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The Battle of Dunkeld

August 21, 1689

Cameron of Lochiel's Own Website

Immediately following the tragic death of Viscount Dundee in the midst of the Jacobite victory at the Battle of Killiecrankie the Highlanders were led on the field of battle by Colonel Cannon (known in history as "Dundee's inept successor.")  It is not known with any degree of certainty whether Sir Ewen Cameron of Lochiel, XVII Captain and Chief of Clan Cameron led Clan Cameron after Killiecrankie or his son, John Cameron, XVIII Captain and Chief.  Some accounts have Sir Ewen returning to Lochaber immediately after Killiecrankie, others have him remaining with the army until after Dunkeld.

Regardless of the Cameron leadership, the Jacobite army did keep together for an attack on Dunkeld, which was held by a single regiment, the newly-mustered Cameronians, 1200 men strong.  These soldiers, originally formed by and named in honor of the fanatical Scottish religious reformer and covenanting leader Richard Cameron (1648-1680) hailed from the Lowlands.  They had absolutely no connection to the Clan Cameron.

As the town had no walls round it, the Jacobites made their way into the streets and the Cameronians had to take refuge behind the walls of the cathedral and mansion-house, near at hand.  The Jacobites, then concealed in the houses of the town, kept up a constant fire upon the enemy.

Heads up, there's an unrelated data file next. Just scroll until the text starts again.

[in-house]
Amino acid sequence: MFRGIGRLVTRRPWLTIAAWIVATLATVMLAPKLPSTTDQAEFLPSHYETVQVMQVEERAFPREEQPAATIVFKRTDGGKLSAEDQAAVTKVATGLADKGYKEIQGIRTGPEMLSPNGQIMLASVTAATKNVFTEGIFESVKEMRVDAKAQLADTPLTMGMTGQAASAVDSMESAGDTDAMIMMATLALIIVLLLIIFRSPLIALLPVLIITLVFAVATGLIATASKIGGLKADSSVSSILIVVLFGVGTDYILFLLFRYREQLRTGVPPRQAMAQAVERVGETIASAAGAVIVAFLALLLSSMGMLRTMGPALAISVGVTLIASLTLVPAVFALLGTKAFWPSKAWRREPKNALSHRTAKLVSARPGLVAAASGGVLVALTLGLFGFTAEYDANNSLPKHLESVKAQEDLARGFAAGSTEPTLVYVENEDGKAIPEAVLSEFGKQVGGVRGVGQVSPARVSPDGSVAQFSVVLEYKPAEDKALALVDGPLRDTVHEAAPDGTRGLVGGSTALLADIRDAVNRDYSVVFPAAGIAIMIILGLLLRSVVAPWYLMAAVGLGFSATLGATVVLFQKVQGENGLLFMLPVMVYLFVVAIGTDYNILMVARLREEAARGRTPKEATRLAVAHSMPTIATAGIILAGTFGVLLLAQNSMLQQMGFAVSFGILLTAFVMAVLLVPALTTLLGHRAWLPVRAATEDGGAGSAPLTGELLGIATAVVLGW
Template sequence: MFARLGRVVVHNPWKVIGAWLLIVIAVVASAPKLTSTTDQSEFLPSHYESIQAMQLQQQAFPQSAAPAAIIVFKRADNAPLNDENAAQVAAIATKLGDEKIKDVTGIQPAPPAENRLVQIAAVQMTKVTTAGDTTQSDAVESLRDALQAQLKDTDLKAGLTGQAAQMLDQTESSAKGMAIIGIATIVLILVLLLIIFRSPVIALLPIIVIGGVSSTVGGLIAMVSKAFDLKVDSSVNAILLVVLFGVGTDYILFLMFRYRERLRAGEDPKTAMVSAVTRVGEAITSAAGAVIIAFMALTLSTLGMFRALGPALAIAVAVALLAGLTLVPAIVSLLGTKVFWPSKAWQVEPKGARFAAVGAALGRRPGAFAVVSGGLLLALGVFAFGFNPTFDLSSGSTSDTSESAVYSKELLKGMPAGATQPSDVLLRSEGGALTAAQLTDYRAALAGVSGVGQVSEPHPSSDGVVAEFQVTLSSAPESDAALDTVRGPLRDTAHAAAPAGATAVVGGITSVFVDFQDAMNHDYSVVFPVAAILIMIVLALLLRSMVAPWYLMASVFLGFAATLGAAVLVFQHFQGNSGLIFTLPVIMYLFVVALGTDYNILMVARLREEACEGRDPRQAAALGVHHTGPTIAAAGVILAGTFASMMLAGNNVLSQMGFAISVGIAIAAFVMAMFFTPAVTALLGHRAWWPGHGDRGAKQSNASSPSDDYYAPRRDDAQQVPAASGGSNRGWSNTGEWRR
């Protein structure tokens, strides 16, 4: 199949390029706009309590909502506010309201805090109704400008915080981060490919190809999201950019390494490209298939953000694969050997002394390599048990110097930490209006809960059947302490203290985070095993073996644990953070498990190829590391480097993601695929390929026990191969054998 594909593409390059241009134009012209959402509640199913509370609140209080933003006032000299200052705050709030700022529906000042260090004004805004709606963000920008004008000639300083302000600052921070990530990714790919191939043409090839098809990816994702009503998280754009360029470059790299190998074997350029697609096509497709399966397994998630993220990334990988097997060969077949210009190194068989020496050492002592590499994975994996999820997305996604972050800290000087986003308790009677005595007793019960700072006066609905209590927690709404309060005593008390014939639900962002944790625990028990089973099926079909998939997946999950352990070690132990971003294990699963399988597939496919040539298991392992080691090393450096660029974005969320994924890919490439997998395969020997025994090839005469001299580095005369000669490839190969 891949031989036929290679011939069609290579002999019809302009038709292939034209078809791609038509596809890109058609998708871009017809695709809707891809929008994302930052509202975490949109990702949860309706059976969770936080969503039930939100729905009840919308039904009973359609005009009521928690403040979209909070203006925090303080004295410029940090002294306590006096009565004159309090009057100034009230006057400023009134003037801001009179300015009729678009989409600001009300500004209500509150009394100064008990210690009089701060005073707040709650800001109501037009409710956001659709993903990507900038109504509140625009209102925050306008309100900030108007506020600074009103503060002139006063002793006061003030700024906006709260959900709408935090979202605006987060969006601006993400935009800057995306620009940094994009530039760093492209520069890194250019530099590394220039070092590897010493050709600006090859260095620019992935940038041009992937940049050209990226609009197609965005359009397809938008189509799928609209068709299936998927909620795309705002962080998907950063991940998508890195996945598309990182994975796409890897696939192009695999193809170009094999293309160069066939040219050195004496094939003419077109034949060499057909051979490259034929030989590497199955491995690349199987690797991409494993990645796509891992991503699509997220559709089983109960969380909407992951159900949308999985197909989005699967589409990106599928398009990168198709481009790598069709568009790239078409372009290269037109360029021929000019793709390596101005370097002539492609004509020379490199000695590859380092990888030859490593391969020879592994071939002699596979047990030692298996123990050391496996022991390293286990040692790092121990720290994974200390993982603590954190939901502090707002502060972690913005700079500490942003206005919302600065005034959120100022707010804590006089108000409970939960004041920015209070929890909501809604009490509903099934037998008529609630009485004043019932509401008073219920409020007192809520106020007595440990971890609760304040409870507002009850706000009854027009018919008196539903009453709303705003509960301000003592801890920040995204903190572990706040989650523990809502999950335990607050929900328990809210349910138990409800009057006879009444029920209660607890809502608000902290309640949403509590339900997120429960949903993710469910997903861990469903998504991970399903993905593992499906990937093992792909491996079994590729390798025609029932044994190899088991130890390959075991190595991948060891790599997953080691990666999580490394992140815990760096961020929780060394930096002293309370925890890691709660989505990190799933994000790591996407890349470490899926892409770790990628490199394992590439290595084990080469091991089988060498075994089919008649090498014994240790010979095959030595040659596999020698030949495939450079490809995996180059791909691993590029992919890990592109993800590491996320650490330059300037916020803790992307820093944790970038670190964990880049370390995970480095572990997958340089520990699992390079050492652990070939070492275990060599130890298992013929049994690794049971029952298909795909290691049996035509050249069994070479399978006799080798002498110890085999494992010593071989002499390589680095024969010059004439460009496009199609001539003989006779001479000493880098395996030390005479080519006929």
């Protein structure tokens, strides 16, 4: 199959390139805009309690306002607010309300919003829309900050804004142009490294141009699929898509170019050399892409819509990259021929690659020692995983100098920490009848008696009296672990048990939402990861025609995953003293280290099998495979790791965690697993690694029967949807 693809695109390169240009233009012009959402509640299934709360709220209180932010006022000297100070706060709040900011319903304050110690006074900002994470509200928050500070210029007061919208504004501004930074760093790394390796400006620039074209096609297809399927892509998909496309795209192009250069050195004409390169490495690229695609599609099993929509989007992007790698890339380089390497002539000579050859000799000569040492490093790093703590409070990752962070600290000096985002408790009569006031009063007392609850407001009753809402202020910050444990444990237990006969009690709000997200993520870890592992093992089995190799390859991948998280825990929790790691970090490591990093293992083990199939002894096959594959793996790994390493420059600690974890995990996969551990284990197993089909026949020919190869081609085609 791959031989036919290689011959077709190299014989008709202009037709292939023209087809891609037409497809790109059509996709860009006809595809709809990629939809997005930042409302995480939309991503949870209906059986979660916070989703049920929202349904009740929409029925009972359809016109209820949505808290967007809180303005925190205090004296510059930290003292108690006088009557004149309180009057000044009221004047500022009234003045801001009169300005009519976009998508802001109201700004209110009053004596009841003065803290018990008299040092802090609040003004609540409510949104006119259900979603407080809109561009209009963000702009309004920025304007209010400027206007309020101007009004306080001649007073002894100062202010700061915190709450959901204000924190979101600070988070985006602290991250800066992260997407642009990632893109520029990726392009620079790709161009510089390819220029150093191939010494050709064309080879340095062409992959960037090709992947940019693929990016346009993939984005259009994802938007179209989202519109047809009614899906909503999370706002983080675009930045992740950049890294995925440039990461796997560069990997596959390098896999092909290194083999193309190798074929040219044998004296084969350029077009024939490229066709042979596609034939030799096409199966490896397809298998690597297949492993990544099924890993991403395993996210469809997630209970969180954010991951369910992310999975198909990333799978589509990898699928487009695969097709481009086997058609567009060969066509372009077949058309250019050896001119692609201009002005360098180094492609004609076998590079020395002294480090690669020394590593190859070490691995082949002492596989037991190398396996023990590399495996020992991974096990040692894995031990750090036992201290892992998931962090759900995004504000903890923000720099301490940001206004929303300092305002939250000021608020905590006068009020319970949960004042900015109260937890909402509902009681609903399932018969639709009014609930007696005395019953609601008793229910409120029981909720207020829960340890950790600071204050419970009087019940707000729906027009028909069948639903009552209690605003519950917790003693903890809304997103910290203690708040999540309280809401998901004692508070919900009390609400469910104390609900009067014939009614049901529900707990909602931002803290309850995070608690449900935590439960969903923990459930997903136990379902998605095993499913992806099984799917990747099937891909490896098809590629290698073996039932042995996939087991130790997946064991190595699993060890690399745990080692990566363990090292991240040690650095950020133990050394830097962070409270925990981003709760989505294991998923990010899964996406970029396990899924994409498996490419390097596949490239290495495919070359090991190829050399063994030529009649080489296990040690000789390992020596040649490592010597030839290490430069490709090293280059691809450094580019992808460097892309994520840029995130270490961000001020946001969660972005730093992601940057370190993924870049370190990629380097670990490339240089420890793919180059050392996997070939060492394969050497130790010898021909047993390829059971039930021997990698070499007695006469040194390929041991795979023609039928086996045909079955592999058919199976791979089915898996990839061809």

Unfortunately for the Jacobites, these Cameronians had no thought of surrender.  When their musket-balls were exhausted, they tore the lead from the roof of the cathedral.  At last, with burning branches at the end of their pikes, they rushed out on the houses where the Jacobites were concealed, setting fire to them and locking the doors.  Many Highlanders perished.  In one house as many as sixteen perished, and after a fight that had lasted for approximately four hours the Jacobite Highlander survivors made off across the neighboring hills.  

The Cameronians were commanded by Lieutenant-Colonel William Cleland. a brave young man who had once mocked the "Highland Host" in derisive doggerel and who had fought with the "godly" at Drumclog and Bothwell Brig.  He was killed by a Highland bullet in the liver and another in the head within an hour of the first assault.  A few months before, these Covenanting zealots had been outlawed men, but ironically now they were saviours of the Revolution.  In the aftermath they stood in the smoke wearing their bloody red coats, singing psalms of praise to a triumphant Sabbath.  "The Bloody Irishes," as the Cameronians called the Jacobite army, dispersed, with the men of Clan Cameron returning to Lochaber.  By no means were the Camerons the lone clan disgusted with their Colonel Cannon's leadership in comparison to Dundee.